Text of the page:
After dinner we walked the few yards to the venue. The hall was packed to the rafters – totally booked out. Great to see so many local people supporting their talented thespians. The pantomime we saw was Pinocchio – and was spectacular. Although everyone was an amateur we could have been watching top professionals in a west end theatre. The colour, brilliant make-up, costumes, and sets were marvellous. One very imaginative set was inside a whale - I can’t quite remember that scene in the original Pinocchio story – but the florescent lighting, together with the ghostly skeleton-boned inhabitants of three sailors swallowed on a previous occasion – made a great spectacle for Pinocchio,Geppetto and Rissotto. Joe Haynes acting as Geppetto’s wife Rissotto, was absolutely hilarious – his makeup and clothes hilarious. Everyone thought it was the very best pantomime the Wargrave Theatre Workshop had ever put on. We came away in high spirits with Paul and Debbie as professionals praising them to the sky.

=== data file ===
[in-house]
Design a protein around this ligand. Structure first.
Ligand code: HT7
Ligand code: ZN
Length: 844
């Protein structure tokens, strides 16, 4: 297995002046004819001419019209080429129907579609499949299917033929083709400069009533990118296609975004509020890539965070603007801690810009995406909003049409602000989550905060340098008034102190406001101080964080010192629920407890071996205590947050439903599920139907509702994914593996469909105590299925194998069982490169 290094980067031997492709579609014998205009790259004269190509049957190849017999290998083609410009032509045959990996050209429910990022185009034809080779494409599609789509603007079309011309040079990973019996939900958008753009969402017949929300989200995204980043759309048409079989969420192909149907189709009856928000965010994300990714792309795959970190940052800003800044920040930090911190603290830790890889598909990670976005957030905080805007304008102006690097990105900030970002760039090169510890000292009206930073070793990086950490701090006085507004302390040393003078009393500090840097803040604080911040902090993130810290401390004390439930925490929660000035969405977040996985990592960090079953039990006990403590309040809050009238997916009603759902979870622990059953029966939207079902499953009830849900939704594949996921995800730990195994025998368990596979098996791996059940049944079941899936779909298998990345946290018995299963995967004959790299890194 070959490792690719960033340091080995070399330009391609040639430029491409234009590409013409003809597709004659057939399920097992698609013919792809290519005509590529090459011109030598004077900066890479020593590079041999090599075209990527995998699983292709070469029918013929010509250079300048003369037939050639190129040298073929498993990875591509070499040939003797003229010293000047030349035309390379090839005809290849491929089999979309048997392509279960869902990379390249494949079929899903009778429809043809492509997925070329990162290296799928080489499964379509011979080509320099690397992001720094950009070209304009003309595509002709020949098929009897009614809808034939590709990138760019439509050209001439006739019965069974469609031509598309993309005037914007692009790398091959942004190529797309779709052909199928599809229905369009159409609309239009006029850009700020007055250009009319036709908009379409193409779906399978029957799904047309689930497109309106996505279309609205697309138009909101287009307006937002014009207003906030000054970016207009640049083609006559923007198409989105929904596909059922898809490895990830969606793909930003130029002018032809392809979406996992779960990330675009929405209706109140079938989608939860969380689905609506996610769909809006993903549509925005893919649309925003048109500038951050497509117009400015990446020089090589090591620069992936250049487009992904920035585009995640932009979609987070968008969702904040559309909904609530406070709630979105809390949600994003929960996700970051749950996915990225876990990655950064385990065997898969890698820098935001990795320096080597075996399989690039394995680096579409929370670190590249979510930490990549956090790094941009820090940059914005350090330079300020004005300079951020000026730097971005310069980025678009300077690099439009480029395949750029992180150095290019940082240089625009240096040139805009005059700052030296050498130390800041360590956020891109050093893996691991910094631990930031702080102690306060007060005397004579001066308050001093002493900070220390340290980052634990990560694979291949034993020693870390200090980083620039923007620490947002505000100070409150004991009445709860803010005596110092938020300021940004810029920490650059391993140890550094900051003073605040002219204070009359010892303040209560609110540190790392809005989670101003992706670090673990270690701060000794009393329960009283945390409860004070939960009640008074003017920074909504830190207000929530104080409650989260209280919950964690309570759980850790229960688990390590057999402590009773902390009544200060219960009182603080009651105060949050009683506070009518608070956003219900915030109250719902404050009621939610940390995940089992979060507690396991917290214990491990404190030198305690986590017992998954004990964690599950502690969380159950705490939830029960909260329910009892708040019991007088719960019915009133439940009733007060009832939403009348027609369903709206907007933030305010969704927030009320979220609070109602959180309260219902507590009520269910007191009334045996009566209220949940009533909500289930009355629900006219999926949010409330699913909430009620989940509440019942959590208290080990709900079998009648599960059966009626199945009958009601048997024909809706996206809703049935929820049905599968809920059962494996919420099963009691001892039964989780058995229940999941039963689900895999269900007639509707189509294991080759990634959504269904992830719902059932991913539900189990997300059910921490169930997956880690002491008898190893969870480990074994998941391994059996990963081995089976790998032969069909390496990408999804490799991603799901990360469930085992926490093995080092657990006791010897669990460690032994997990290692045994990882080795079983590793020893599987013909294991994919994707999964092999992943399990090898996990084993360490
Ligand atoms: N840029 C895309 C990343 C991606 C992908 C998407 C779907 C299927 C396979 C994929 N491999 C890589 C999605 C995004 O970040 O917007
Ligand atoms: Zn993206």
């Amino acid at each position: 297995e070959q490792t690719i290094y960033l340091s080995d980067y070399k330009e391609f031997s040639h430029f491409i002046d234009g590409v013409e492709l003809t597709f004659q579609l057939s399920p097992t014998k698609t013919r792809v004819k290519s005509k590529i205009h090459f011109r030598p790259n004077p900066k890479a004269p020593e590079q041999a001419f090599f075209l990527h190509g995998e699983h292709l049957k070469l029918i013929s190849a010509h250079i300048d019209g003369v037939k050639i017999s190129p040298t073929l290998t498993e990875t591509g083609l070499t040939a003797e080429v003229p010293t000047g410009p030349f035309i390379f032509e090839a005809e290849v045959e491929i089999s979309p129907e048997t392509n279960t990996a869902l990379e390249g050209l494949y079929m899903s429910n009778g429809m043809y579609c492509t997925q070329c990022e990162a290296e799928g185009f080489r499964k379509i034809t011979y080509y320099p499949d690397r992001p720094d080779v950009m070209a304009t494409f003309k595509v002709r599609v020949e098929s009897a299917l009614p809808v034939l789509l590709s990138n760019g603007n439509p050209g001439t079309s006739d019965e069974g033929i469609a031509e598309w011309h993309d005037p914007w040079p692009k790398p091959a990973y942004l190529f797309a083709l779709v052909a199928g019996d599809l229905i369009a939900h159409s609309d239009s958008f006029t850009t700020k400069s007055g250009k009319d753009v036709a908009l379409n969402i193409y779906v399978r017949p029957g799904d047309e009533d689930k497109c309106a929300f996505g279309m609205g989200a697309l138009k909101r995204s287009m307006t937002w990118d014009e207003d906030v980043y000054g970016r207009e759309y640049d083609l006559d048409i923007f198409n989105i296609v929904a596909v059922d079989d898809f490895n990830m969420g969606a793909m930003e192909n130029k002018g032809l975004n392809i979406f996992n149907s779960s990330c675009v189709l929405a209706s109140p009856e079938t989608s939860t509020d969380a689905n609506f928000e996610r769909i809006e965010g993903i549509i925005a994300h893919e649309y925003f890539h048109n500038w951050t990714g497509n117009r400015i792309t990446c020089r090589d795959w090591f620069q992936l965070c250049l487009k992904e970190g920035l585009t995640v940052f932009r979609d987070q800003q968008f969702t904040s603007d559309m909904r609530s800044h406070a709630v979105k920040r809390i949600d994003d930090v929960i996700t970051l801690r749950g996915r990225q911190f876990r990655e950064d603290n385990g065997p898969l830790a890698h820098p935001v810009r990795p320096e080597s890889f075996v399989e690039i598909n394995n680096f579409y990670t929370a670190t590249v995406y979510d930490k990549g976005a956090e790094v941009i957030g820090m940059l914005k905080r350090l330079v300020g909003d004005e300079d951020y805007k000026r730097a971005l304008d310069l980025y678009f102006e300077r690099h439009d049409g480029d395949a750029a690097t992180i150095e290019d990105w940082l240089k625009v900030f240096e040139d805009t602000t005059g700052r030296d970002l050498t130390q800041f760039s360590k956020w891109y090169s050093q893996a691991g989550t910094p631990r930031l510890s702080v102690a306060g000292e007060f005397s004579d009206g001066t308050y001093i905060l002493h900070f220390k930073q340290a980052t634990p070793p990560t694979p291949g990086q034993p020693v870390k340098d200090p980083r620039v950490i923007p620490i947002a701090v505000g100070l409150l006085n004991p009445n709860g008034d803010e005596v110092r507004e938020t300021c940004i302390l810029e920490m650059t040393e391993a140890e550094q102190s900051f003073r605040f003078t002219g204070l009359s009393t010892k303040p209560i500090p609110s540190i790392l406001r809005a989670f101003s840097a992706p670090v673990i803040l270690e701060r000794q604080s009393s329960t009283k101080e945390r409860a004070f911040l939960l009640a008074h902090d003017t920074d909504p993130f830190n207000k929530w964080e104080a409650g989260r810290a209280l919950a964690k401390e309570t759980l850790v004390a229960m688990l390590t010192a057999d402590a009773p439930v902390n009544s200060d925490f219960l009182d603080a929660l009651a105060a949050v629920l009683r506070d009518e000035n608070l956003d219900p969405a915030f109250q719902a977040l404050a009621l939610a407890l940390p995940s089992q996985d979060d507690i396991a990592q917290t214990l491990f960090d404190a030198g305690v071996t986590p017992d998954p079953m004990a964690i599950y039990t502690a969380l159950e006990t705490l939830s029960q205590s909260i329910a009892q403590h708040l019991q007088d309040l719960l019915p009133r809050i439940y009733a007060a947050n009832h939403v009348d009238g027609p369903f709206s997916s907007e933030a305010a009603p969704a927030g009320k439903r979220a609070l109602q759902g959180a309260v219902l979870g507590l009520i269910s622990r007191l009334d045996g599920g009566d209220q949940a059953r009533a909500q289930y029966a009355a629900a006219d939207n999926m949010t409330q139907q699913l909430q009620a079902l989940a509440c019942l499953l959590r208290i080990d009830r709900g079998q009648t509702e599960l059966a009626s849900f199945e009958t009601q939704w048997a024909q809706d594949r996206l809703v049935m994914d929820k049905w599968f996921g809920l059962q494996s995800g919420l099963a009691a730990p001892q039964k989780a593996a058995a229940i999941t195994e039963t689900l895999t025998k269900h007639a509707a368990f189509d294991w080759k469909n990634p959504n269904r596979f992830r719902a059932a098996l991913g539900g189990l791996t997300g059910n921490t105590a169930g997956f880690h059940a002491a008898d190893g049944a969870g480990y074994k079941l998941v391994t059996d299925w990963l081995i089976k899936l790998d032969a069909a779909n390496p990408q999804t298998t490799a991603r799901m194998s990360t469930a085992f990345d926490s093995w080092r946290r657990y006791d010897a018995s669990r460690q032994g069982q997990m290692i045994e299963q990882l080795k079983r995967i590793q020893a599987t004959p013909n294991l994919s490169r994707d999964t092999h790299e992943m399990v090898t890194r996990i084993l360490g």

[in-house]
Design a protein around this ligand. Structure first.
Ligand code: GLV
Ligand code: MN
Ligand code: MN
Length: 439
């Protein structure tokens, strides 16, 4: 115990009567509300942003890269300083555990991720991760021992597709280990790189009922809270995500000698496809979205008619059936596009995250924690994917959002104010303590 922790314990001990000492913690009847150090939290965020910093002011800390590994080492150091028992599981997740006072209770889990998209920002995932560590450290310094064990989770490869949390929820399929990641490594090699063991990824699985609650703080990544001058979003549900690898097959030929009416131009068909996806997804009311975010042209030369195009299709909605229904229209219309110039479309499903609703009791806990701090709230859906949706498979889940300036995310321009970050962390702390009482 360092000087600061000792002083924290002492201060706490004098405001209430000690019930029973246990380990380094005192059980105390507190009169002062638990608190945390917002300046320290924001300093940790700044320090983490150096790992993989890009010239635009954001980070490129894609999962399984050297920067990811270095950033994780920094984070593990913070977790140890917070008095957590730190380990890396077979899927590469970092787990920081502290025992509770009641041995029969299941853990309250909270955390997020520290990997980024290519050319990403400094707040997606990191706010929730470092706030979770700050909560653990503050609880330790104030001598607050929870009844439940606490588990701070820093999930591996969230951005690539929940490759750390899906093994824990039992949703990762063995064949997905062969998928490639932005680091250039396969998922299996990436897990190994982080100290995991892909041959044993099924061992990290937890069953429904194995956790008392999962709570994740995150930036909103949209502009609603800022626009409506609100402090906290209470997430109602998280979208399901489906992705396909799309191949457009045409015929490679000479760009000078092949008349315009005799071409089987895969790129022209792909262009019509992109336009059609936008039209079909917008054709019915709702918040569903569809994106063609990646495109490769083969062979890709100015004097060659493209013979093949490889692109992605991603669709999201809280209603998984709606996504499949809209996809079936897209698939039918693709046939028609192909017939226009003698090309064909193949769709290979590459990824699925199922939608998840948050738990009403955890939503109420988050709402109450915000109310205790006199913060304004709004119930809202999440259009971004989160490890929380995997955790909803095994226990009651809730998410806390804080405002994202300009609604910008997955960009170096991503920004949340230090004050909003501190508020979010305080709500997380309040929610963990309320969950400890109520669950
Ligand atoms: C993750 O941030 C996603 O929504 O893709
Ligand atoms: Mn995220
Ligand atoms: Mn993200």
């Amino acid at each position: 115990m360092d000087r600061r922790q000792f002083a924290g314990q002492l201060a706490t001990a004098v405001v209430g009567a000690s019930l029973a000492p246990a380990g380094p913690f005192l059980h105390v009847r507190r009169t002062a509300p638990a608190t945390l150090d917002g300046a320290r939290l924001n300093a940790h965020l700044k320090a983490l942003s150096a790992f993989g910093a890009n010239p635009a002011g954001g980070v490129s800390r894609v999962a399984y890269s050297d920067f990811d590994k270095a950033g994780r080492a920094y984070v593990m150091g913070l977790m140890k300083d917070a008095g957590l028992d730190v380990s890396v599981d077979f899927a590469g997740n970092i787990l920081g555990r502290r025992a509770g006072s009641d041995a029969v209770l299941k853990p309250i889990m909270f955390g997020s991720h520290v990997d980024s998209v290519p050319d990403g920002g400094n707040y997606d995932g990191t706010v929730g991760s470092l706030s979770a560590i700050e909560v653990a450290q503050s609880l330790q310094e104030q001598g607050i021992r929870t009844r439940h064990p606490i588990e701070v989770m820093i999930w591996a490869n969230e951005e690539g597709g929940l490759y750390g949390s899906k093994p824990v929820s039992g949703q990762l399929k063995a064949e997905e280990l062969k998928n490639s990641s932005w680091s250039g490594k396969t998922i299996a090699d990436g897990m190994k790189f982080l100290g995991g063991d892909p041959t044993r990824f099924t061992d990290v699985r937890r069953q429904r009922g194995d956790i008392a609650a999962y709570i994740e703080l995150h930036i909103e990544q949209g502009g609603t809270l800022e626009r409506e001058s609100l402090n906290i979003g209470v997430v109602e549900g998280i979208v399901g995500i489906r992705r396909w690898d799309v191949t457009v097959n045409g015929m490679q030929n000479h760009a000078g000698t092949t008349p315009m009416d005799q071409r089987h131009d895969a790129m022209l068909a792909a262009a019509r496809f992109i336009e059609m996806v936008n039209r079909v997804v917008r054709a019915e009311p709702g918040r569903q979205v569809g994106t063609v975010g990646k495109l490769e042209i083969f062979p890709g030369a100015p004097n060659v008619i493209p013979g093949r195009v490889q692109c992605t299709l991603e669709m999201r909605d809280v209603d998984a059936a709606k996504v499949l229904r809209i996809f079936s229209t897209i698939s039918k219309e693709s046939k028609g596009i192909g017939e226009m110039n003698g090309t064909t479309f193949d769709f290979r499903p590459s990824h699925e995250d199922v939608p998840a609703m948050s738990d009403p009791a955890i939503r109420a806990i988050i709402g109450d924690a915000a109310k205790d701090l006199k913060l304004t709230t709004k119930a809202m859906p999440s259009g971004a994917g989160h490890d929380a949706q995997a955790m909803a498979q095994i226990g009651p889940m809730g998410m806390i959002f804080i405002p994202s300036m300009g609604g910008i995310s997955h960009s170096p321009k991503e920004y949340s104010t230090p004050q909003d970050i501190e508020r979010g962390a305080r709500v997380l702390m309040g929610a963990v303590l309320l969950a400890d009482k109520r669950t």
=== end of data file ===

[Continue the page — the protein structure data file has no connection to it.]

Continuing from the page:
The previous night I drove to Sue and Tom's on a very rainy evening andon to join the Harpsden Womens Institute party for a visit to the Mill at Sonning, where not only were we to see “It’s Never All Right on the Night” by Simon Williams, but Sally Hughes (the Managing Director) gave us a conducted tour of the building. As the theatre has been constructed within the original 18th Century Flour Mill, to venture into the bowels of the building with all it’s many tiny winding passageways, was very interesting. As for the show itself, performed brilliantly by Simon Williams, Issy Van Randwyck provided the glamour – and most of the songs, The show was based around life in the theatre, the gossip, jokes and scandals were interspersed with lots of spicy anecdotes and musical numbers such as ‘Don’t Put Your Daughter on the Stage Mrs Worthington’ and ‘There’s No Business Like Show Business’. After the show, when we met in the bar, I gave Simon the miniature I painted of him last year.